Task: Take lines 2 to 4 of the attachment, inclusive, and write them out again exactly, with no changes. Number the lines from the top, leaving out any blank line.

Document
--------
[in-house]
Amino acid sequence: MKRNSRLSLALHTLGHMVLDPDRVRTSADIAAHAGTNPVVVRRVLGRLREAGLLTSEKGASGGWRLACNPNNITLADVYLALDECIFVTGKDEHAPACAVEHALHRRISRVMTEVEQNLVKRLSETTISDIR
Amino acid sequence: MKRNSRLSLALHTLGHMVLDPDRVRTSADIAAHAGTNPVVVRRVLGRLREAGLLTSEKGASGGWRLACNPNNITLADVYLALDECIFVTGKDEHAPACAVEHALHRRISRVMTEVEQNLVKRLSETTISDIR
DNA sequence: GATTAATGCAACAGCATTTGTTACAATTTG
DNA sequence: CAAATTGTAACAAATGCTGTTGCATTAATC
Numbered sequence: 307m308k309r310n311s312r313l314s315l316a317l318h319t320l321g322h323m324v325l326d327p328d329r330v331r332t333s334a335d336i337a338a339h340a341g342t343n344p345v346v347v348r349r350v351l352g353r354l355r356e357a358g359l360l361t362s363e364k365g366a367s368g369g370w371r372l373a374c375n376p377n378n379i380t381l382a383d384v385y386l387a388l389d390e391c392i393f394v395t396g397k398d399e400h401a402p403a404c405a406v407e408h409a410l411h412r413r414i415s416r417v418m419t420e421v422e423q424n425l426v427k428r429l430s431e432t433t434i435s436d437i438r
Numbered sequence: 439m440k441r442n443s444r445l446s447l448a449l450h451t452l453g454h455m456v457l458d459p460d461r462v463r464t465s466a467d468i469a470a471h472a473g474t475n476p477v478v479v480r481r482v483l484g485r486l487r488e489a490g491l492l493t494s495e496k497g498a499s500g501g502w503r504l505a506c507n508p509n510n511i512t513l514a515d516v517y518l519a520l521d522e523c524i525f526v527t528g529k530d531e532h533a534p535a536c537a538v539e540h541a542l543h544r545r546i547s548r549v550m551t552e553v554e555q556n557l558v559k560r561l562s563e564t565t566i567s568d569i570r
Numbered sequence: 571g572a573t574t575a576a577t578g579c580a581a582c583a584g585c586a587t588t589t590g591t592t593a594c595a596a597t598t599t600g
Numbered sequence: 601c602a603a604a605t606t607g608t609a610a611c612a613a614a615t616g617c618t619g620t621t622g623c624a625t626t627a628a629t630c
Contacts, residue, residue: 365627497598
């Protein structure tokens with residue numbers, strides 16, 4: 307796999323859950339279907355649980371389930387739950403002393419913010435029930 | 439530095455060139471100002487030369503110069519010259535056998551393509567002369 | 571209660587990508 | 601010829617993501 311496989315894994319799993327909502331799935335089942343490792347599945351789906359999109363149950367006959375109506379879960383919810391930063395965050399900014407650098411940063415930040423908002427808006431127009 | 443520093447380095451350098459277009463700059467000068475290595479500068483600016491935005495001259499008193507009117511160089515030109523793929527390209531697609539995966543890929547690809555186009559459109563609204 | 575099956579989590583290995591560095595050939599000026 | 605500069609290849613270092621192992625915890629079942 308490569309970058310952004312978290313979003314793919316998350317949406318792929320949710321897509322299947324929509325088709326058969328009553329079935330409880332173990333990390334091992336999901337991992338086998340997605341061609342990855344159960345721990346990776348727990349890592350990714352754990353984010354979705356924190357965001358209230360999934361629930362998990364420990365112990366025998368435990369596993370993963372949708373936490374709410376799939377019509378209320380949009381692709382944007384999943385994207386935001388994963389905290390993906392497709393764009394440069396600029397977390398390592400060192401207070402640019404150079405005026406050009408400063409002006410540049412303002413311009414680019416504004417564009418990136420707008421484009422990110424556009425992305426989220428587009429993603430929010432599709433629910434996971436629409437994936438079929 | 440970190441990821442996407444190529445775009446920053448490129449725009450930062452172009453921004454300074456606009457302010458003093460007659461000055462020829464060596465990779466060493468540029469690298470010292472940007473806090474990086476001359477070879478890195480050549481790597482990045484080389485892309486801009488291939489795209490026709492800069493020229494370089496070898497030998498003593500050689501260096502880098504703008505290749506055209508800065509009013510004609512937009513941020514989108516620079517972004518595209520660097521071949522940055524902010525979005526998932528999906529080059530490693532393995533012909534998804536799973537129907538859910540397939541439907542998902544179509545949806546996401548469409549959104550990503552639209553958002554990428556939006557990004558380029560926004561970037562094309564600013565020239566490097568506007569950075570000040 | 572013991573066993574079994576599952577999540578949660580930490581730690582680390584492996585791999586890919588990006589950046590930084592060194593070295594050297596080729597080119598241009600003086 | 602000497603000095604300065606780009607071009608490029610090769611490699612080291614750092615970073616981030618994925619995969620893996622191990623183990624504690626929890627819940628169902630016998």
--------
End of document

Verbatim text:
Amino acid sequence: MKRNSRLSLALHTLGHMVLDPDRVRTSADIAAHAGTNPVVVRRVLGRLREAGLLTSEKGASGGWRLACNPNNITLADVYLALDECIFVTGKDEHAPACAVEHALHRRISRVMTEVEQNLVKRLSETTISDIR
Amino acid sequence: MKRNSRLSLALHTLGHMVLDPDRVRTSADIAAHAGTNPVVVRRVLGRLREAGLLTSEKGASGGWRLACNPNNITLADVYLALDECIFVTGKDEHAPACAVEHALHRRISRVMTEVEQNLVKRLSETTISDIR
DNA sequence: GATTAATGCAACAGCATTTGTTACAATTTG